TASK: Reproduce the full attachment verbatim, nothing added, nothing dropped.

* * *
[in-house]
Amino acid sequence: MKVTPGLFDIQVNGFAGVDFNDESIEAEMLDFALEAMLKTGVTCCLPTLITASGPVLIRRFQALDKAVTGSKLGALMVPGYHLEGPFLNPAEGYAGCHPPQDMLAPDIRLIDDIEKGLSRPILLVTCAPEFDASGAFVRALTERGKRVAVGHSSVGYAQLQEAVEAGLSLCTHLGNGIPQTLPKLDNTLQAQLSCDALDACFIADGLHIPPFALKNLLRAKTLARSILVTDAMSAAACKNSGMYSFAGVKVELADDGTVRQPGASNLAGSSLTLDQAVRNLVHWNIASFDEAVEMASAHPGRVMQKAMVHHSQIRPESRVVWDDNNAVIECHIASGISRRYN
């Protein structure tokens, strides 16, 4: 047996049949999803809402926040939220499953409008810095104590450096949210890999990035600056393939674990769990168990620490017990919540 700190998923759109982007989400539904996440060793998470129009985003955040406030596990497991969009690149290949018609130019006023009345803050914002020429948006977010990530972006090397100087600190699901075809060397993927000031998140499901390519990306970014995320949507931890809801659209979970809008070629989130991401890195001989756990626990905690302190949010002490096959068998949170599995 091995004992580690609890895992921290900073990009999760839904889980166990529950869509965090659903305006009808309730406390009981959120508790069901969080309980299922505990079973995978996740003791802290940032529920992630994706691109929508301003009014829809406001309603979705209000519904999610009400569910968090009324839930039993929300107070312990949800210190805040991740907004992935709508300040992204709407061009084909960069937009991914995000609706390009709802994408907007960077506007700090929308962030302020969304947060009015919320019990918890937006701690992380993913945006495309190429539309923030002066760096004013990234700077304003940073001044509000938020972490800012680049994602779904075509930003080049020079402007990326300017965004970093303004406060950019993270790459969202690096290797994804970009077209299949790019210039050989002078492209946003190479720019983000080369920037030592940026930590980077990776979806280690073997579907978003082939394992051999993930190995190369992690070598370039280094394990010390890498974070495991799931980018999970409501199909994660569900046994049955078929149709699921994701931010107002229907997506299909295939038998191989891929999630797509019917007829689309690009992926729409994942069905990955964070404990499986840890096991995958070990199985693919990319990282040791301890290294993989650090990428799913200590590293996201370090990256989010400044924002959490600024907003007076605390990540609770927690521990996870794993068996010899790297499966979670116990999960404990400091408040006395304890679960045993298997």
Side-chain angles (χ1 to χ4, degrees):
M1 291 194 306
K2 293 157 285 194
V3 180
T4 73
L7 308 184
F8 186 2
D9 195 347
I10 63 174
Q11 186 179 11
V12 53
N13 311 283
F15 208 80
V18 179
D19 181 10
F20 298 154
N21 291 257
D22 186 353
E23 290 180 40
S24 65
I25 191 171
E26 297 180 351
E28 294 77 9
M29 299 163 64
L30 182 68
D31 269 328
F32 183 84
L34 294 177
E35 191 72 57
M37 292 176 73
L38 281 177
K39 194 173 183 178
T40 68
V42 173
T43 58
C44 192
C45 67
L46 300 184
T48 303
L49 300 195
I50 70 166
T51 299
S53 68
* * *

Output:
[in-house]
Amino acid sequence: MKVTPGLFDIQVNGFAGVDFNDESIEAEMLDFALEAMLKTGVTCCLPTLITASGPVLIRRFQALDKAVTGSKLGALMVPGYHLEGPFLNPAEGYAGCHPPQDMLAPDIRLIDDIEKGLSRPILLVTCAPEFDASGAFVRALTERGKRVAVGHSSVGYAQLQEAVEAGLSLCTHLGNGIPQTLPKLDNTLQAQLSCDALDACFIADGLHIPPFALKNLLRAKTLARSILVTDAMSAAACKNSGMYSFAGVKVELADDGTVRQPGASNLAGSSLTLDQAVRNLVHWNIASFDEAVEMASAHPGRVMQKAMVHHSQIRPESRVVWDDNNAVIECHIASGISRRYN
């Protein structure tokens, strides 16, 4: 047996049949999803809402926040939220499953409008810095104590450096949210890999990035600056393939674990769990168990620490017990919540 700190998923759109982007989400539904996440060793998470129009985003955040406030596990497991969009690149290949018609130019006023009345803050914002020429948006977010990530972006090397100087600190699901075809060397993927000031998140499901390519990306970014995320949507931890809801659209979970809008070629989130991401890195001989756990626990905690302190949010002490096959068998949170599995 091995004992580690609890895992921290900073990009999760839904889980166990529950869509965090659903305006009808309730406390009981959120508790069901969080309980299922505990079973995978996740003791802290940032529920992630994706691109929508301003009014829809406001309603979705209000519904999610009400569910968090009324839930039993929300107070312990949800210190805040991740907004992935709508300040992204709407061009084909960069937009991914995000609706390009709802994408907007960077506007700090929308962030302020969304947060009015919320019990918890937006701690992380993913945006495309190429539309923030002066760096004013990234700077304003940073001044509000938020972490800012680049994602779904075509930003080049020079402007990326300017965004970093303004406060950019993270790459969202690096290797994804970009077209299949790019210039050989002078492209946003190479720019983000080369920037030592940026930590980077990776979806280690073997579907978003082939394992051999993930190995190369992690070598370039280094394990010390890498974070495991799931980018999970409501199909994660569900046994049955078929149709699921994701931010107002229907997506299909295939038998191989891929999630797509019917007829689309690009992926729409994942069905990955964070404990499986840890096991995958070990199985693919990319990282040791301890290294993989650090990428799913200590590293996201370090990256989010400044924002959490600024907003007076605390990540609770927690521990996870794993068996010899790297499966979670116990999960404990400091408040006395304890679960045993298997």
Side-chain angles (χ1 to χ4, degrees):
M1 291 194 306
K2 293 157 285 194
V3 180
T4 73
L7 308 184
F8 186 2
D9 195 347
I10 63 174
Q11 186 179 11
V12 53
N13 311 283
F15 208 80
V18 179
D19 181 10
F20 298 154
N21 291 257
D22 186 353
E23 290 180 40
S24 65
I25 191 171
E26 297 180 351
E28 294 77 9
M29 299 163 64
L30 182 68
D31 269 328
F32 183 84
L34 294 177
E35 191 72 57
M37 292 176 73
L38 281 177
K39 194 173 183 178
T40 68
V42 173
T43 58
C44 192
C45 67
L46 300 184
T48 303
L49 300 195
I50 70 166
T51 299
S53 68